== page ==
Monday, August 31, 2009


While the SCPR has been in favor of Stark Countians having the right to vote on the December, 2008 imposed sales and use tax, yours truly was skeptical of the Stark Citizens for the Right to Vote Committee's (Committee) ability to get enough signatures (13,950) to qualify for the ballot.


Because the SCPR does not think much of the methods of leadership of the public figures handing the Committee's work.

In particular, Tom Marcelli's leadership style is troublesome to yours truly.

Why's that?

Because he is prone to make intemperate, outlandish remarks and challenges about/ to certain Stark County public officials.

For more detail on the SCPR's misgivings about Marcelli's leadership, go to the SCPR search box and type in "Marcelli."

Anyone who reads the SCPR on a regular basis, knows that The Report has been highly critical of some of these same officials. So its not the criticism per se.

It is impressive that the Stark Citizens Right for the Vote Committee easily surpassed the 13,950 needed signatures (19,309).

But does this translate into a "yes for repeal" victory?

Republican Jackson trustee James Walters (a potential Todd Bosley opponent) thinks so as told to the SCPR last Thusday in a telephone interview. In fact, Walters believes that the Committee will win in a rout. If that happens, look for Walters and, perhaps, others to want to have a go at Bosley next year.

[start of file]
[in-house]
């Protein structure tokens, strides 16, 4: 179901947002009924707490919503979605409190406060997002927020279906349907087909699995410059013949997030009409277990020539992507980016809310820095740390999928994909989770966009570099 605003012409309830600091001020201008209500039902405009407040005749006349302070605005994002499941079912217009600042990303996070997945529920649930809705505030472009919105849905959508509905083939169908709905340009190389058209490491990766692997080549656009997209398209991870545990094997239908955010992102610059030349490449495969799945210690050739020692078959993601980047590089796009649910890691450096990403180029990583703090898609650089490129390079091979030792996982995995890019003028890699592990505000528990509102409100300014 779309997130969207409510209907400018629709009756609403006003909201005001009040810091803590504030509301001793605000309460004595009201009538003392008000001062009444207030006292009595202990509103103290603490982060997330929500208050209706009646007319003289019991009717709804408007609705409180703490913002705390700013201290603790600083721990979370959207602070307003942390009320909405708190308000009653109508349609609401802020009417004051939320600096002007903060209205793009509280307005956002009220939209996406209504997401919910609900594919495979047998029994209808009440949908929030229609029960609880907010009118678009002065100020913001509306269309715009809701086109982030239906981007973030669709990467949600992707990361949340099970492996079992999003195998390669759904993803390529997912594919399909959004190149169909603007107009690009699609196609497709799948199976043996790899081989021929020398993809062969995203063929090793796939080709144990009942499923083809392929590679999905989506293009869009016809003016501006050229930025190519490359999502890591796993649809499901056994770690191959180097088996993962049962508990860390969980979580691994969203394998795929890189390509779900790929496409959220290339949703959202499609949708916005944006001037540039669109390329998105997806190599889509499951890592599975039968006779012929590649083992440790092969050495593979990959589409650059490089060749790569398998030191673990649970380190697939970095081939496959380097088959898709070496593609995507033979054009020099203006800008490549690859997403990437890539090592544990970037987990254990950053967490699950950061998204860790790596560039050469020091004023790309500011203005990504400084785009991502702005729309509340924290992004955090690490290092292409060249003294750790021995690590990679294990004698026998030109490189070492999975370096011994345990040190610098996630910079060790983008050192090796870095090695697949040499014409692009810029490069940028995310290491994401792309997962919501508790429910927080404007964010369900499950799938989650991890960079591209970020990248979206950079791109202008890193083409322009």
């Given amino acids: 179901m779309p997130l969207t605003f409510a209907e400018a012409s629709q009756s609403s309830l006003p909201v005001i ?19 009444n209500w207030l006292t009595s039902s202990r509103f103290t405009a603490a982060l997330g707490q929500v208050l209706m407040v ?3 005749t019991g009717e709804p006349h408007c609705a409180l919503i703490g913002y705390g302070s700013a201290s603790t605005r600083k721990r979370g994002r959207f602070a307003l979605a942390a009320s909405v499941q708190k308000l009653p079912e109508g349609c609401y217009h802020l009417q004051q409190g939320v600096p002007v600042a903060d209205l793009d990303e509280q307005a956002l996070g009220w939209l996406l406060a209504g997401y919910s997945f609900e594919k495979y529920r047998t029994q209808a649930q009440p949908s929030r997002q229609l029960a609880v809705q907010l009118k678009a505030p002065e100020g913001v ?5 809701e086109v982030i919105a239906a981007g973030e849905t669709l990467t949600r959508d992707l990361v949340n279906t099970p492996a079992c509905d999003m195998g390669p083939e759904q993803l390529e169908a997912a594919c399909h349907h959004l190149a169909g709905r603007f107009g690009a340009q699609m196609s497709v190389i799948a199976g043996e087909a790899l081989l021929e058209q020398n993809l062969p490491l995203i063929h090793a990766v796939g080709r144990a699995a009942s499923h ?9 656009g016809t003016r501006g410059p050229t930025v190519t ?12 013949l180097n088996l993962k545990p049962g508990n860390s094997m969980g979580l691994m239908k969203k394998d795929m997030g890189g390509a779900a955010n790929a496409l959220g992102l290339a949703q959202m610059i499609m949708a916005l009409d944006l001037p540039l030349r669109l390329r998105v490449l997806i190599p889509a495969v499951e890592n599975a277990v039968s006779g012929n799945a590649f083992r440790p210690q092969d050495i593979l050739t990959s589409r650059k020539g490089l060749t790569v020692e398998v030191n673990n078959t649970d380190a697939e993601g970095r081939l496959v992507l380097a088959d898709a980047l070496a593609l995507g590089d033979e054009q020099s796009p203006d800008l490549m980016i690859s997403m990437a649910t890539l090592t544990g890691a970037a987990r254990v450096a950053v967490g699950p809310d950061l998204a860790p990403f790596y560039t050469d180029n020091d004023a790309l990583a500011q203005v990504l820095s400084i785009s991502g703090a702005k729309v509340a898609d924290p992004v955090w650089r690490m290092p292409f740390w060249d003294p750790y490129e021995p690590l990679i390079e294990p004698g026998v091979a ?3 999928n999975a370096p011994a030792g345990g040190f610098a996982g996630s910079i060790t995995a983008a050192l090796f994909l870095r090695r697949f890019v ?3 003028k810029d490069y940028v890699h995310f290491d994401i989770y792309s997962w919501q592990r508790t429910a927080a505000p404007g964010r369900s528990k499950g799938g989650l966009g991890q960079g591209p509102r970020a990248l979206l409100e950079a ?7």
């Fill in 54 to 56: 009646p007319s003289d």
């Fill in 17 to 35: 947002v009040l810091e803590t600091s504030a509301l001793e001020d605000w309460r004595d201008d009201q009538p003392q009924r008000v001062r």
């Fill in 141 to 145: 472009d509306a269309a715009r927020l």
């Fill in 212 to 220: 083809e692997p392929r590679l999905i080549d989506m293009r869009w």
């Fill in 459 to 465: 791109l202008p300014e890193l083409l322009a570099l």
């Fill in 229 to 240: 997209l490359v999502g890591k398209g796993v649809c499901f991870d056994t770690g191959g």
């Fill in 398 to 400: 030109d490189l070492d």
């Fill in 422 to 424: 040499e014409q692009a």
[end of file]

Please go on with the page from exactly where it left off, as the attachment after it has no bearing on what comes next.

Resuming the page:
Bosley says he's not worried. Even if the tax increase is repealed as he thinks voters will pretty muchhave forgotten about his connection to the issue by November, 2010.

On the flip side, if Bosley prevails, then he is in a political catbird seat.

With a tough economy all around us, conventional wisdom suggests that Walters may be correct about the fate of the issue.

The main difficulty may lie with the public approach taken by the Marcelli-led Stark Citizens Right to Vote Committee.

To recap the original SCPR position: the right to vote - yea; repeal the tax - no.

Yours truly is now on the fence as to whether or not to vote for the repeal.

So, why the rethinking?

A number of reasons.

First, as the committee and many other Stark Countians have pointed out, the "apparent" reason that the tax was imposed was to fix 9-1-1. But another - but buried (or let's say de-emphasized) reason was to get more money for the county's general fund. The SCPR takes a dim view of this kind of political operation. The general fund factor should have received equal billing with 9-1-1, but it clearly was not.

Second, the more the SCPR gets into the machinations of many elected county officials in terms of employing each other's friends, relatives and political supporters, the less enthusiasm yours truly has for providing more funds for these officials. There is a need for more county revenue, but can the current set of countywide elected officials (except for the judges) be trusted to use them for sorely needed public purposes.

Third, there is another anti-democratic element to the commissioners' action. By imposing the tax and relieving city, village and township officials of the expense of 9-1-1 dispatching costs, taxpayers in those localities are paying twice for 9-1-1 services.